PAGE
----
Usage Overview

Paperless is an application that manages your personal documents. With the help of a document scanner (see Scanner recommendations), paperless transforms your wieldy physical document binders into a searchable archive and provides many utilities for finding and managing your documents.

Terms and definitions

Paperless essentially consists of two different parts for managing your documents:

  • The consumer watches a specified folder and adds all documents in that folder to paperless.

  • The web server provides a UI that you use to manage and search for your scanned documents.

Each document has a couple of fields that you can assign to them:

  • A Document is a piece of paper that sometimes contains valuable information.

  • The correspondent of a document is the person, institution or company that a document either originates form, or is sent to.

  • A tag is a label that you can assign to documents. Think of labels as more powerful folders: Multiple documents can be grouped together with a single tag, however, a single document can also have multiple tags. This is not possible with folders. The reason folders are not implemented in paperless is simply that tags are much more versatile than folders.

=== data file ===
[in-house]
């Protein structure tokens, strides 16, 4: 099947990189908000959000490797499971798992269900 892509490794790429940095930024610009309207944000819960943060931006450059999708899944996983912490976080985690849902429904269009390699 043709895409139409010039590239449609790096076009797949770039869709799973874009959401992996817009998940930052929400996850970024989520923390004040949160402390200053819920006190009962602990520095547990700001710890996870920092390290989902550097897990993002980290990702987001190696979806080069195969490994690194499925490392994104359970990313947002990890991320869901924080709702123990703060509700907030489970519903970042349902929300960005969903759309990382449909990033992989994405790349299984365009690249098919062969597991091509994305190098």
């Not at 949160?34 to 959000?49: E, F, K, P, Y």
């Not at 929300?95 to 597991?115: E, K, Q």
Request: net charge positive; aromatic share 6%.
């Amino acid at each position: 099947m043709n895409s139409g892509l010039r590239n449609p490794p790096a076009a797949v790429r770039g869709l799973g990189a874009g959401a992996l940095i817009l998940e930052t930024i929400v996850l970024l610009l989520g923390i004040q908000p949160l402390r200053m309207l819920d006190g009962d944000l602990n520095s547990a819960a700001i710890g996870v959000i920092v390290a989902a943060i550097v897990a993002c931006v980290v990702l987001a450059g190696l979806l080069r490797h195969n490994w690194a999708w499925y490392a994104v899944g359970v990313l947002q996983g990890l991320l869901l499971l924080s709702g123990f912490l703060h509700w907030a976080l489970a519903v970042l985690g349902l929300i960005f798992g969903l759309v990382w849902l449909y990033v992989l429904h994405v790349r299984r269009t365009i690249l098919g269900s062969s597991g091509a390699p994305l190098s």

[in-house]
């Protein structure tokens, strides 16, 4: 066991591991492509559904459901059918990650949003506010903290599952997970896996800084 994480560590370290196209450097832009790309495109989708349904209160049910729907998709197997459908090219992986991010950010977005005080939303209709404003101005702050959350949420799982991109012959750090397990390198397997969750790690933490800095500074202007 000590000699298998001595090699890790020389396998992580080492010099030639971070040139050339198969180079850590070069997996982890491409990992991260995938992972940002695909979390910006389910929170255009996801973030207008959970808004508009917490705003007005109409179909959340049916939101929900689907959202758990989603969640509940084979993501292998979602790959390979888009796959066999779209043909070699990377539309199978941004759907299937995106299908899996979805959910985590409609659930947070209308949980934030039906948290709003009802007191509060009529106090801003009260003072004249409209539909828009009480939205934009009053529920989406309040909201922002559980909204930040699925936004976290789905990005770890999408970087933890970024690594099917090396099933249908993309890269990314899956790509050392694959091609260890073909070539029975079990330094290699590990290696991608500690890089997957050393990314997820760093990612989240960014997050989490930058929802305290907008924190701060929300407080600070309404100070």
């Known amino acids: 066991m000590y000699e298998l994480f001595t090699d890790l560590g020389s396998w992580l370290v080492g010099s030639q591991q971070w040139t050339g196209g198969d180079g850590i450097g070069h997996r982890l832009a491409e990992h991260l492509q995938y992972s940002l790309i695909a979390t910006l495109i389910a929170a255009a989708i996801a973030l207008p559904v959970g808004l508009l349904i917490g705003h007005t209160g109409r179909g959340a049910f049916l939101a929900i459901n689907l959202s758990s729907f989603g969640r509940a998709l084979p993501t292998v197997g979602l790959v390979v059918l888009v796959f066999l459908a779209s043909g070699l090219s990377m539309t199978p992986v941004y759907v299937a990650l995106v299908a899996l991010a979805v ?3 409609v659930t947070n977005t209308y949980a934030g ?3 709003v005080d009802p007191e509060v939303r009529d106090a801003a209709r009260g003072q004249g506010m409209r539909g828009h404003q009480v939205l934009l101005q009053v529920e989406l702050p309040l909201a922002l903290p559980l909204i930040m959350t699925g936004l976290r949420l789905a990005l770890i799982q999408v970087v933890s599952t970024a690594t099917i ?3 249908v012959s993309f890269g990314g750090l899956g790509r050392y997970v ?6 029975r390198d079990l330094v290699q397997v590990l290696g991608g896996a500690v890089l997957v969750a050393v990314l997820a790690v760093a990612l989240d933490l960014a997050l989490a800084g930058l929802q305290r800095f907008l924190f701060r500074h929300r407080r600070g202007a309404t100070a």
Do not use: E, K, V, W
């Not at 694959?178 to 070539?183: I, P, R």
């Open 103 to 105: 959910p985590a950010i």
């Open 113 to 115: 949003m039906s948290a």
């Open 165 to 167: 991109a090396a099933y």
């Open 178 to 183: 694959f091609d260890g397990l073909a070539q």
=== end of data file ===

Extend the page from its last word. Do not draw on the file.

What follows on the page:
• A document type is used to demarcate the type of a document such as letter, bank statement, invoice, contract, etc. It is used to identify what a document is about.

  • The date added of a document is the date the document was scanned into paperless. You cannot and should not change this date.

  • The date created of a document is the date the document was initially issued. This can be the date you bought a product, the date you signed a contract, or the date a letter was sent to you.

  • The archive serial number (short: ASN) of a document is the identifier of the document in your physical document binders. See The recommended workflow below.

  • The content of a document is the text that was OCR’ed from the document. This text is fed into the search engine and is used for matching tags, correspondents and document types.

Frontend overview

Warning

TBD. Add some fancy screenshots!

Adding documents to paperless

Once you’ve got Paperless setup, you need to start feeding documents into it. When adding documents to paperless, it will perform the following operations on your documents:

  1. OCR the document, if it has no text. Digital documents usually have text, and this step will be skipped for those documents.